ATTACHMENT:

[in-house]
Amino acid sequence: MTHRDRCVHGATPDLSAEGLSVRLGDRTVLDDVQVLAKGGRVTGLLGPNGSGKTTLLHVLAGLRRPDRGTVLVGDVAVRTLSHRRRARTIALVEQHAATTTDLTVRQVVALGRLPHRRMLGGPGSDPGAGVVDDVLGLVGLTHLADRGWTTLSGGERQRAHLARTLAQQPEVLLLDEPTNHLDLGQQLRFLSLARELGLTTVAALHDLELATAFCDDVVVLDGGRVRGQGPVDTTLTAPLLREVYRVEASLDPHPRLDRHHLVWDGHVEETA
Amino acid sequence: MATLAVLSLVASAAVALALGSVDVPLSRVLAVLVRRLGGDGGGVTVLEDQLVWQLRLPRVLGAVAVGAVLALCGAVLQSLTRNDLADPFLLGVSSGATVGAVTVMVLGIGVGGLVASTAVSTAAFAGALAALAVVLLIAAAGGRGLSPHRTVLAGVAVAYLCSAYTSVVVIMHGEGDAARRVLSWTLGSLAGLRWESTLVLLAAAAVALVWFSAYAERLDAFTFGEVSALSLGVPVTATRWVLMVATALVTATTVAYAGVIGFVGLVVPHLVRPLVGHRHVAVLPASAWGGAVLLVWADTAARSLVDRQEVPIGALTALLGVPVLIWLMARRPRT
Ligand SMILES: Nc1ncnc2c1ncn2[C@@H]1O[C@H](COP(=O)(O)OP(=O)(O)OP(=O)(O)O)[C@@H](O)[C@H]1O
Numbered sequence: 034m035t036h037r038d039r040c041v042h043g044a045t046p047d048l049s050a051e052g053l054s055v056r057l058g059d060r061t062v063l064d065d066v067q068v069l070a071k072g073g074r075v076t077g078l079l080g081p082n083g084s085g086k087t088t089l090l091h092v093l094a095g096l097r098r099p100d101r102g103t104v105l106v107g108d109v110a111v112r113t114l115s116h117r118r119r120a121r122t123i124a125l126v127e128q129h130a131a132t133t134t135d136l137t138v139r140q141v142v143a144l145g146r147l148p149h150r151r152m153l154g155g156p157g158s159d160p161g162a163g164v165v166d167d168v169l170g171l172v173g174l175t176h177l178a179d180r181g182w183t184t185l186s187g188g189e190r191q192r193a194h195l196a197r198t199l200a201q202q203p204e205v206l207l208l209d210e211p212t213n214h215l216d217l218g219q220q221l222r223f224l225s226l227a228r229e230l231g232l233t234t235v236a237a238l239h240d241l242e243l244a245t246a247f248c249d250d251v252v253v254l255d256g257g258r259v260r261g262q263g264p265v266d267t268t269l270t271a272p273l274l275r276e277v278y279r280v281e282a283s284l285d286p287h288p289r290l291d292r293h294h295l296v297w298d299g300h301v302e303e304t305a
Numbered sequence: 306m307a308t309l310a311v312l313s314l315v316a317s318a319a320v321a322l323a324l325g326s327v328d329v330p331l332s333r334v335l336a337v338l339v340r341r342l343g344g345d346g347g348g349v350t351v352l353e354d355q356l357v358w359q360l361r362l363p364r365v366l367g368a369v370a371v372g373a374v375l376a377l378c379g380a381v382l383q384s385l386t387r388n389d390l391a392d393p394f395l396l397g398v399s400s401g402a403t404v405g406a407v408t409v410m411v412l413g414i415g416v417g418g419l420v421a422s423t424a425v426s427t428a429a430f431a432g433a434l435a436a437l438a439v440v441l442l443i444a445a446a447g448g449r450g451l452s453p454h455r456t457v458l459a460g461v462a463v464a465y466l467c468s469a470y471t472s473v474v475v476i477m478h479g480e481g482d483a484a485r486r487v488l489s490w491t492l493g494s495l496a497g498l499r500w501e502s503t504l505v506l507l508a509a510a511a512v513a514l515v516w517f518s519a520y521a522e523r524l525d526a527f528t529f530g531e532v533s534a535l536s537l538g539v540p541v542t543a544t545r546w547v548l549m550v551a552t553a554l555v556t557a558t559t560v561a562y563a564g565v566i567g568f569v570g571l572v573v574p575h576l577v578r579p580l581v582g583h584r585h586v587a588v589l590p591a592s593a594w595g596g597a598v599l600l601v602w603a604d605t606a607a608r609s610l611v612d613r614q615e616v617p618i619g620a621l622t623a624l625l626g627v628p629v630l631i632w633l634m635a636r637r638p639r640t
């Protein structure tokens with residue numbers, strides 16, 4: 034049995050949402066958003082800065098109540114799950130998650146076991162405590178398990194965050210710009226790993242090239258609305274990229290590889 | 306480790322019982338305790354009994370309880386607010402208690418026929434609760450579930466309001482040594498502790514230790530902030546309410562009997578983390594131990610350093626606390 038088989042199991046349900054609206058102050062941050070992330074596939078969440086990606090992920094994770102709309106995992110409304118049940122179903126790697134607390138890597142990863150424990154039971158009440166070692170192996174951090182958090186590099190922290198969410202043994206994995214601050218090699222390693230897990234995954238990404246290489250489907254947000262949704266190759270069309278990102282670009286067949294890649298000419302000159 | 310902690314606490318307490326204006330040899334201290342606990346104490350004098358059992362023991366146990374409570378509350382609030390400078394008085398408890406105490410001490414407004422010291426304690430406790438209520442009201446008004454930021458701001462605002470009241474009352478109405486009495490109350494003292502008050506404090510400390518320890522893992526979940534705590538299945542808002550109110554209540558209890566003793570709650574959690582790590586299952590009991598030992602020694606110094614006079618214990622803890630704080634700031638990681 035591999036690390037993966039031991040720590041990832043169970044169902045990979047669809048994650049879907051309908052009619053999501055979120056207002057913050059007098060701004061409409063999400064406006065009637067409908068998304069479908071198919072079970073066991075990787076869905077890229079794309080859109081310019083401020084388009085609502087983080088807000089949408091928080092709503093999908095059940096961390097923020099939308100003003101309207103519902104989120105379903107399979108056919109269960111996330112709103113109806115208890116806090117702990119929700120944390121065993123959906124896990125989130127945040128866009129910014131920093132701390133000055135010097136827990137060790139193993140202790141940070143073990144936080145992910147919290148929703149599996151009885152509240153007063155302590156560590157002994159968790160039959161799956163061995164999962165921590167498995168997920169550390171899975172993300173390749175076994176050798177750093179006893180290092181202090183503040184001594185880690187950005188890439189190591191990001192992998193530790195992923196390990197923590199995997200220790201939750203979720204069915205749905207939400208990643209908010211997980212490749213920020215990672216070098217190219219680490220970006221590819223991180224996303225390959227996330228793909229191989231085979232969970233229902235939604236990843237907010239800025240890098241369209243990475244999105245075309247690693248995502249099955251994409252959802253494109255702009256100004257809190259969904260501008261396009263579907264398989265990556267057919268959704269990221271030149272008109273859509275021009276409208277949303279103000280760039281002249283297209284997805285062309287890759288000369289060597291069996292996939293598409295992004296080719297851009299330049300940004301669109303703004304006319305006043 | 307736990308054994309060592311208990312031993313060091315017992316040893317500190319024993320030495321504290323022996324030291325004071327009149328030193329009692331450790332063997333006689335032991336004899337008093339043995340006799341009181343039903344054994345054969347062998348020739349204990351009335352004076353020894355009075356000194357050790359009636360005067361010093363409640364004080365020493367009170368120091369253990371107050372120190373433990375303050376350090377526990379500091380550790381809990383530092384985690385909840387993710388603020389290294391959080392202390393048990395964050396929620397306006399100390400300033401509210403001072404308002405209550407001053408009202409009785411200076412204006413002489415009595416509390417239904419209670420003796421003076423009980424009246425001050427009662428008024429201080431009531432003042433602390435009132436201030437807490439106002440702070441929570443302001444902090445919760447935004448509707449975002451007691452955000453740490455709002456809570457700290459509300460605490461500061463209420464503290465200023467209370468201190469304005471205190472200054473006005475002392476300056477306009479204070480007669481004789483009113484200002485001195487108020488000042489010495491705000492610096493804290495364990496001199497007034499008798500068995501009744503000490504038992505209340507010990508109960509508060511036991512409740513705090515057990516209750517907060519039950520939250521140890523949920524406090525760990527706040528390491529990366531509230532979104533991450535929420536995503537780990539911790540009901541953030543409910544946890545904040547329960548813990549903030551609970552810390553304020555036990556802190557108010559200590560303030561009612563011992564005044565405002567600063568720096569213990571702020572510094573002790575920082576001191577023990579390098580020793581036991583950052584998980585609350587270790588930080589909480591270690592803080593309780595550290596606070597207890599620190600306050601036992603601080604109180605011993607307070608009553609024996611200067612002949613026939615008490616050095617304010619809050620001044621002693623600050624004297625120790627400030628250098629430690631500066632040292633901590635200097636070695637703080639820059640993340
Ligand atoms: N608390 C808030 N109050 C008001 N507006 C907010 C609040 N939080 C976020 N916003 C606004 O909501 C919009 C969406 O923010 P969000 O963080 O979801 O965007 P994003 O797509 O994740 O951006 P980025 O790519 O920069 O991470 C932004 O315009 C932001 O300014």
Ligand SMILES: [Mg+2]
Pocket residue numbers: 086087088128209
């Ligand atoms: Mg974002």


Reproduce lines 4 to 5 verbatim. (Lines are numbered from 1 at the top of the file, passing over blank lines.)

Ligand SMILES: Nc1ncnc2c1ncn2[C@@H]1O[C@H](COP(=O)(O)OP(=O)(O)OP(=O)(O)O)[C@@H](O)[C@H]1O
Numbered sequence: 034m035t036h037r038d039r040c041v042h043g044a045t046p047d048l049s050a051e052g053l054s055v056r057l058g059d060r061t062v063l064d065d066v067q068v069l070a071k072g073g074r075v076t077g078l079l080g081p082n083g084s085g086k087t088t089l090l091h092v093l094a095g096l097r098r099p100d101r102g103t104v105l106v107g108d109v110a111v112r113t114l115s116h117r118r119r120a121r122t123i124a125l126v127e128q129h130a131a132t133t134t135d136l137t138v139r140q141v142v143a144l145g146r147l148p149h150r151r152m153l154g155g156p157g158s159d160p161g162a163g164v165v166d167d168v169l170g171l172v173g174l175t176h177l178a179d180r181g182w183t184t185l186s187g188g189e190r191q192r193a194h195l196a197r198t199l200a201q202q203p204e205v206l207l208l209d210e211p212t213n214h215l216d217l218g219q220q221l222r223f224l225s226l227a228r229e230l231g232l233t234t235v236a237a238l239h240d241l242e243l244a245t246a247f248c249d250d251v252v253v254l255d256g257g258r259v260r261g262q263g264p265v266d267t268t269l270t271a272p273l274l275r276e277v278y279r280v281e282a283s284l285d286p287h288p289r290l291d292r293h294h295l296v297w298d299g300h301v302e303e304t305a